LAWMAKERS on Friday strongly backed the proposal of Finance Sec. Carlos “Sonny” Dominguez to impose heftier penalties for cigarette smugglers as one of them went on proposing to make tobacco smuggling/counterfeiting a non-bailable offense.
Surigao del Norte Rep. Robert Ace Barbers said restrictive and deterrent provisions against cigarette smuggling must be introduced such as making it non-bailable offense, imposing higher monetary fines and much longer jail time.
“We should impose stiffer penalties on this illicit practice of counterfeiting and charge them with economic sabotage and tax evasion.
It is stealing from government coffers by not paying the right taxes or evading paying such. Congress should make this a non-bailable offense and if I had my way, in my opinion, let’s impose a capital punishment,” said Barbers, the chairman of the House committee on dangerous drugs.
Albay Rep. Joey Sarte Salceda, the chairman of the House committee on ways and means, assured Dominguez that his panel will immediately
deliberate his request once a formal bill is filed before the House of Representatives.
While supporting higher penalties, Salceda said the best way to crack down on illicit trade is still to have a modern enforcement system since the “syndicates won't stop, because that's their way of life.”
“I tend to agree that we should impose stiffer fines and penalties, but let us study national and international experience. Definitely, as soon as there is an Executive proposal, my committee will hear it urgently. That's why we always have to be ahead of them in terms of intelligence, detection, and apprehension,” said Salceda, an economist.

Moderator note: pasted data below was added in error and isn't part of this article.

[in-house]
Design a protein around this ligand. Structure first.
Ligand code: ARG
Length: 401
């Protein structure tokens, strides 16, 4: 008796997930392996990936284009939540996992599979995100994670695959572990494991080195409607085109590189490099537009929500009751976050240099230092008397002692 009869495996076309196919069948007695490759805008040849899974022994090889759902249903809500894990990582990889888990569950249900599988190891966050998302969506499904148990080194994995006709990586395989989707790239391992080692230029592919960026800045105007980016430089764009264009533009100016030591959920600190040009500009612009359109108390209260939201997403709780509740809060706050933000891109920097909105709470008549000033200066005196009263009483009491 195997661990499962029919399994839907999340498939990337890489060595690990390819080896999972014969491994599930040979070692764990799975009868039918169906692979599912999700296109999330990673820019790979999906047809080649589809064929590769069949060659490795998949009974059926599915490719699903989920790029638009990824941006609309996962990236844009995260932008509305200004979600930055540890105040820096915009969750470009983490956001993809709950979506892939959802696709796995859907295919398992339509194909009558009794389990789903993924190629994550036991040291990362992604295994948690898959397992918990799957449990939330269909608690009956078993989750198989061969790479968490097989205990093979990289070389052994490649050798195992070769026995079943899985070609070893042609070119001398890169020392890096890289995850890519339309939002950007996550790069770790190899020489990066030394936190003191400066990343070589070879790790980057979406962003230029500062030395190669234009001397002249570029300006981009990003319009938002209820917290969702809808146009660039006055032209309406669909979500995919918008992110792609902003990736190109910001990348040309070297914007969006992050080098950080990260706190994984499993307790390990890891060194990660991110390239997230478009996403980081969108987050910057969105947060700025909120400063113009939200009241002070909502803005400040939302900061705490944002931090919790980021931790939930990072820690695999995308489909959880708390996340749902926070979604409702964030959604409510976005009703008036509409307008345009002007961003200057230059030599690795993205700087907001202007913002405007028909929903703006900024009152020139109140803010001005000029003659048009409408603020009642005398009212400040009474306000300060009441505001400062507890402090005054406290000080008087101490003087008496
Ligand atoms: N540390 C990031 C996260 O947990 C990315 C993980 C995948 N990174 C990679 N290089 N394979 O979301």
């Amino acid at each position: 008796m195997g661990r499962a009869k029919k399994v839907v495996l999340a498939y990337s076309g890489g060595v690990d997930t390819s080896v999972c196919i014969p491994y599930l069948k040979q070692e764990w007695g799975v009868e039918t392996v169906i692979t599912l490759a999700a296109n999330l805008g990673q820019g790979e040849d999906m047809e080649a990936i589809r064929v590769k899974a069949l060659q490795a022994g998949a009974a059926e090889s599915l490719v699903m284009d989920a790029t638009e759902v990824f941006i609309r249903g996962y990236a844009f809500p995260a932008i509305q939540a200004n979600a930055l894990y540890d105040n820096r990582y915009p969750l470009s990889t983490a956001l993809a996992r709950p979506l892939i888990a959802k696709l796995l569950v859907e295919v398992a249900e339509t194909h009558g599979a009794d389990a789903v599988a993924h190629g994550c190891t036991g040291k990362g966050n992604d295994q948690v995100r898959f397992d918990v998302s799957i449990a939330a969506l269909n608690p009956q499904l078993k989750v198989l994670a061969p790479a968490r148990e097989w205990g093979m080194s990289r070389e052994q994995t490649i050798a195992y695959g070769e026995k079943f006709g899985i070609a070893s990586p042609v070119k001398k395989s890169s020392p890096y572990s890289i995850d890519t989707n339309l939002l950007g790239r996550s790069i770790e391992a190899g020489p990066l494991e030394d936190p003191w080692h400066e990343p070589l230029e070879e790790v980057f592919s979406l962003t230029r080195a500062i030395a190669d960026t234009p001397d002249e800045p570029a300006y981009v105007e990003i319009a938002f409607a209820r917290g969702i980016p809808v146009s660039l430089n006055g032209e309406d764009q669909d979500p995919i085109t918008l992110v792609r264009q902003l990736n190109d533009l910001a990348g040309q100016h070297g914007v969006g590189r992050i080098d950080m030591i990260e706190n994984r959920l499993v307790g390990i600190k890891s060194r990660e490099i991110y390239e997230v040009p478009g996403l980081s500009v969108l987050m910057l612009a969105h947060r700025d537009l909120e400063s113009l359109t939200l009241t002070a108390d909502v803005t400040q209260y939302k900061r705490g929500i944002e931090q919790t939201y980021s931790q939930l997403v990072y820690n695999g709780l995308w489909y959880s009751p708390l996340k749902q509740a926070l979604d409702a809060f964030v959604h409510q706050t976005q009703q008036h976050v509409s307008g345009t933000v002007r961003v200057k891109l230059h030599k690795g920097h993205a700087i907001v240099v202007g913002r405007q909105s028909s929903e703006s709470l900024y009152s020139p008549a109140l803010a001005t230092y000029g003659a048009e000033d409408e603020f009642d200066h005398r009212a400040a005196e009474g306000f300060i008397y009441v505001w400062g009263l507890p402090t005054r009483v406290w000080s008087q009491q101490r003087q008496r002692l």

ACT-CIS party-list Rep. Eric Yap, a member of the House committee on ways and means and chairman of the House committee on appropriations, backed the proposal to include more jail time on massive shipment of smuggled goods.
“We need a stronger deterrent against smuggling and obviously, what we have right now is insufficient,” said Yap who expressed belief that both the Bureaus of Internal Revenue (BIR) and Customs (BoC) have been doing a good job.
“The mere fact that we have a steady increase of seizures of these goods proves that BOC and BIR is doing its job right. Unlike in the previous administration, the government is stepping up its efforts to combat smuggling. I will support any move to impose stiffer penalties,” said Yap.
Quezon City Rep. Jesus “Bong” Suntay, a member of the House committee on ways and means and chairman of the House committee on human rights, said he supports “the plan of the DOF to look into existing laws on smuggling and impose heftier fines.
“I believe syndicates have been continuously been undertaking smuggling operations because of the amount of money they are making.
Despite numerous successful raids, paying fines and bribes are still the norm and makes the risk worthwhile for them,” said Suntay, but opposed Barber’s proposal to make cigarette smuggling a non-bailable offense.
“I don’t think that we need to go as far as making cigarette smuggling a non-bailable crime, it would be sufficient enough just to revise the law and impose stiffer fines and penalties,” said Suntay.
Deputy Speaker and Surigao del Sur Rep. Johnny Pimentel, an ex-officio member of the House committee on ways and means, also supported the DoF’s proposal.
“I support the plan of the DoF to review existing laws regarding smuggling especially of cigarettes. If there is a need to amend a provision of the law, I’m willing to author the said amendment. Well, it will be up to the concerned committee to decide on that (making it a non-bailable offense), maybe it will depend on d volume that has been smuggled.”
House Assistant Majority Leader and Quezon City Rep. Precious Hipolito, a vice chairperson of the House committee on Metro Manila development, expressed belief that “we have to update penalties imposed on smuggling.”